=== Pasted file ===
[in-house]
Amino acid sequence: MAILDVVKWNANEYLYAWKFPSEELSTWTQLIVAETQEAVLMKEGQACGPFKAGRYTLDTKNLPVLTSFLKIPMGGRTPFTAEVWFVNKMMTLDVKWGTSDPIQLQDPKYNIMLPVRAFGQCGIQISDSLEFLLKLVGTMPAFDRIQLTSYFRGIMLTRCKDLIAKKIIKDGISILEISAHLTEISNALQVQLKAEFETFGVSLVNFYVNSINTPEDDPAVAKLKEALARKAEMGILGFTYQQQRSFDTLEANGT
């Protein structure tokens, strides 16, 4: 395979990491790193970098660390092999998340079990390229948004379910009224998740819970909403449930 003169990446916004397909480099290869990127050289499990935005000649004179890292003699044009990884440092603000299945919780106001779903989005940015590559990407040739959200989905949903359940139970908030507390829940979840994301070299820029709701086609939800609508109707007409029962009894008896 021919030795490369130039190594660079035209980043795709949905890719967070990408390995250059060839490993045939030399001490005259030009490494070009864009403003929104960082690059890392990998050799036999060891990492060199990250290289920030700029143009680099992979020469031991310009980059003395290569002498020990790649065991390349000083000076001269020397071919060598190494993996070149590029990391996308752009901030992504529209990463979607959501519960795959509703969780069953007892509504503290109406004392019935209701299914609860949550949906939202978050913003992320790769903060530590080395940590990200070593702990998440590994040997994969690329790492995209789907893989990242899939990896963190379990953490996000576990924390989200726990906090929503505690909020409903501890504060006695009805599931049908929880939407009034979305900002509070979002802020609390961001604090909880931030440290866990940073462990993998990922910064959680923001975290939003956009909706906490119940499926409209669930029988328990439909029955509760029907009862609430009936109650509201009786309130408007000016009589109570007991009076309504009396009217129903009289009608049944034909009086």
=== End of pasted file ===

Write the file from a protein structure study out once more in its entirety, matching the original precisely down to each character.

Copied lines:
[in-house]
Amino acid sequence: MAILDVVKWNANEYLYAWKFPSEELSTWTQLIVAETQEAVLMKEGQACGPFKAGRYTLDTKNLPVLTSFLKIPMGGRTPFTAEVWFVNKMMTLDVKWGTSDPIQLQDPKYNIMLPVRAFGQCGIQISDSLEFLLKLVGTMPAFDRIQLTSYFRGIMLTRCKDLIAKKIIKDGISILEISAHLTEISNALQVQLKAEFETFGVSLVNFYVNSINTPEDDPAVAKLKEALARKAEMGILGFTYQQQRSFDTLEANGT
């Protein structure tokens, strides 16, 4: 395979990491790193970098660390092999998340079990390229948004379910009224998740819970909403449930 003169990446916004397909480099290869990127050289499990935005000649004179890292003699044009990884440092603000299945919780106001779903989005940015590559990407040739959200989905949903359940139970908030507390829940979840994301070299820029709701086609939800609508109707007409029962009894008896 021919030795490369130039190594660079035209980043795709949905890719967070990408390995250059060839490993045939030399001490005259030009490494070009864009403003929104960082690059890392990998050799036999060891990492060199990250290289920030700029143009680099992979020469031991310009980059003395290569002498020990790649065991390349000083000076001269020397071919060598190494993996070149590029990391996308752009901030992504529209990463979607959501519960795959509703969780069953007892509504503290109406004392019935209701299914609860949550949906939202978050913003992320790769903060530590080395940590990200070593702990998440590994040997994969690329790492995209789907893989990242899939990896963190379990953490996000576990924390989200726990906090929503505690909020409903501890504060006695009805599931049908929880939407009034979305900002509070979002802020609390961001604090909880931030440290866990940073462990993998990922910064959680923001975290939003956009909706906490119940499926409209669930029988328990439909029955509760029907009862609430009936109650509201009786309130408007000016009589109570007991009076309504009396009217129903009289009608049944034909009086």